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On the 25th Anniversary of Jerry Garcia’s Passing

by Legacy Staff

Grateful Dead guitarist and lead singer Jerry Garcia died 25 years ago this month, on Aug. 9, 1995.

The beloved rocker “seemed the antithesis of what a rock star is supposed to be,” People magazine noted after his death. Garcia didn’t look the part, didn’t act the part and didn’t even sound the part. He was gray-haired, heavily bearded, wore thick glasses and sometimes weighed as much as 300 pounds. Garcia usually dressed in a T-shirt and ill-fitting jeans, and his “stagecraft,” the magazine noted, “was to stand stock-still and utter not a word.” His voice, it said, was “cracked and reedy.”

But Garcia, who was born Aug. 1, 1942, was beloved by countless fans: a “benevolent Buddha” who played the guitar “not with his hands, but his heart,” as People wrote.


From August 1-9, the Rex Foundation is celebrating Garcia’s memory with a series of daily tribute concerts watchable on Facebook and YouTube; find the links at DazeBetween.com.

Meanwhile, Legacy.com remembers 10 remarkable facts about the music legend who once compared his band to a candy with a unique taste. “Our audience is like people who like licorice,” he famously said. “Not everybody likes licorice, but the people who like licorice really like licorice.”

1. Garcia’s parents named him Jerome after composer Jerome Kern, who churned out more than 700 songs, including “A Fine Romance,” “Can’t Help Lovin’ Dat Man” and “Ol’ Man River.” Garcia’s Spanish-born father was a jazz musician and Dixieland bandleader. He drowned in an accident when Garcia was 5 years old, as People noted.

2. Garcia formed a band called the Warlocks that evolved into the Grateful Dead in 1965. The band first gained a following in the San Francisco area when they became a sort of house band for “the collective drug experiments” that writer Ken Kesey and his friends called the Acid Tests, Rolling Stone magazine noted in Garcia’s obituary. The band would play for hours as people took LSD “in a setting where there were no regulations or predetermined situations,” while Kesey and his cohorts filmed “everything from freakouts to religious revelations …,” according to the obituary. “The Acid Tests were meant to be acts of cultural, spiritual and psychic revolt, and their importance to the development of the Grateful Dead cannot be overestimated,” the magazine said.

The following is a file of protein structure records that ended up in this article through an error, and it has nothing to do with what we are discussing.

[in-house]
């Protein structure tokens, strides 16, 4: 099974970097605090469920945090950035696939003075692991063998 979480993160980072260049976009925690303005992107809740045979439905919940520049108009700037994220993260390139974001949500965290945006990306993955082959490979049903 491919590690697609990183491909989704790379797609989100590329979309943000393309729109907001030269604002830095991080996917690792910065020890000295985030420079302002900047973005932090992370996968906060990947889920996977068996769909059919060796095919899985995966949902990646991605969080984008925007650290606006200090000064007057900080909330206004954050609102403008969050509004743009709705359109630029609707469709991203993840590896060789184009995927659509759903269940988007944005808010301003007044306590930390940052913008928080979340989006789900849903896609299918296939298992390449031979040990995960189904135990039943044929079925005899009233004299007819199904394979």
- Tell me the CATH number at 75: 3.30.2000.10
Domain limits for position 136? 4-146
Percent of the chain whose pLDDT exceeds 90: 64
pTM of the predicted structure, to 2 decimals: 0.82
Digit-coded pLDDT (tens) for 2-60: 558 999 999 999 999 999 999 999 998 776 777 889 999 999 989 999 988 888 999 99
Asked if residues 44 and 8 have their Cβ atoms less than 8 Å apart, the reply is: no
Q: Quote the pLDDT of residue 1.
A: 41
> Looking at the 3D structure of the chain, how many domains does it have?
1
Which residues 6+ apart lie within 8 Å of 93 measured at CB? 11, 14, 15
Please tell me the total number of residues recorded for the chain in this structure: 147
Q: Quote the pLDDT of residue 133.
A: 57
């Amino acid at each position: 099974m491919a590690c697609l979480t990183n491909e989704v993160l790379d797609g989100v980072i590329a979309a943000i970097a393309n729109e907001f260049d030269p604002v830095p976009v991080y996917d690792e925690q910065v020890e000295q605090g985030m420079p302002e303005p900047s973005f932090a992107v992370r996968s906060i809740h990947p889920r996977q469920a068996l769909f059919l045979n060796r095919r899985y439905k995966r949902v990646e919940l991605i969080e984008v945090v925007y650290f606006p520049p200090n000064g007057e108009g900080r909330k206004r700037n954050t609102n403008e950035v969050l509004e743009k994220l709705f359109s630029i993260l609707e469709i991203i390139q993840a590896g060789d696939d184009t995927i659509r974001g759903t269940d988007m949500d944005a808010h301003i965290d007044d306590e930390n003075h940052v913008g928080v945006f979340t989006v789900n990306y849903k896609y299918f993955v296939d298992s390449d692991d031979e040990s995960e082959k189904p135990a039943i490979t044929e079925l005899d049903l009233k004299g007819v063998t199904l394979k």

3. In 1968, Richard Nixon’s presidential campaign released a commercial called “American Youth,” which featured a photo montage of young people, including Garcia. The musician, wearing a red-and-white-striped top hat, is beardless and not sporting glasses. The ad begins with Nixon intoning, “American youth today has its fringes, but that’s part of the greatness of our country. I have great faith in American youth.” The ad ends with the printed words, “This time vote like your whole world depended on it.”

4. While the Grateful Dead released more than two dozen live, studio and compilation albums in 30 years together, the band only had one top 10 hit, 1987’s “Touch of Grey.” The band built its cultlike following with frequent live performances. Some so-called “Deadheads” were known to follow the band for months at a time. In return for this loyalty, “The Dead made an effort to treat their fans well. Unlike many bands, the Dead encouraged their fans to tape their concerts, even providing a place near the sound engineer’s booth for fans to set up microphones and tape recorders,” Garcia’s obituary in The New York Times noted. “They also kept ticket prices low and maintained contact with fans” via a newsletter, a hotline and, later, email. “In return, the Dead have held on to what is probably the longest-lasting mass following in rock history,” according to the obituary.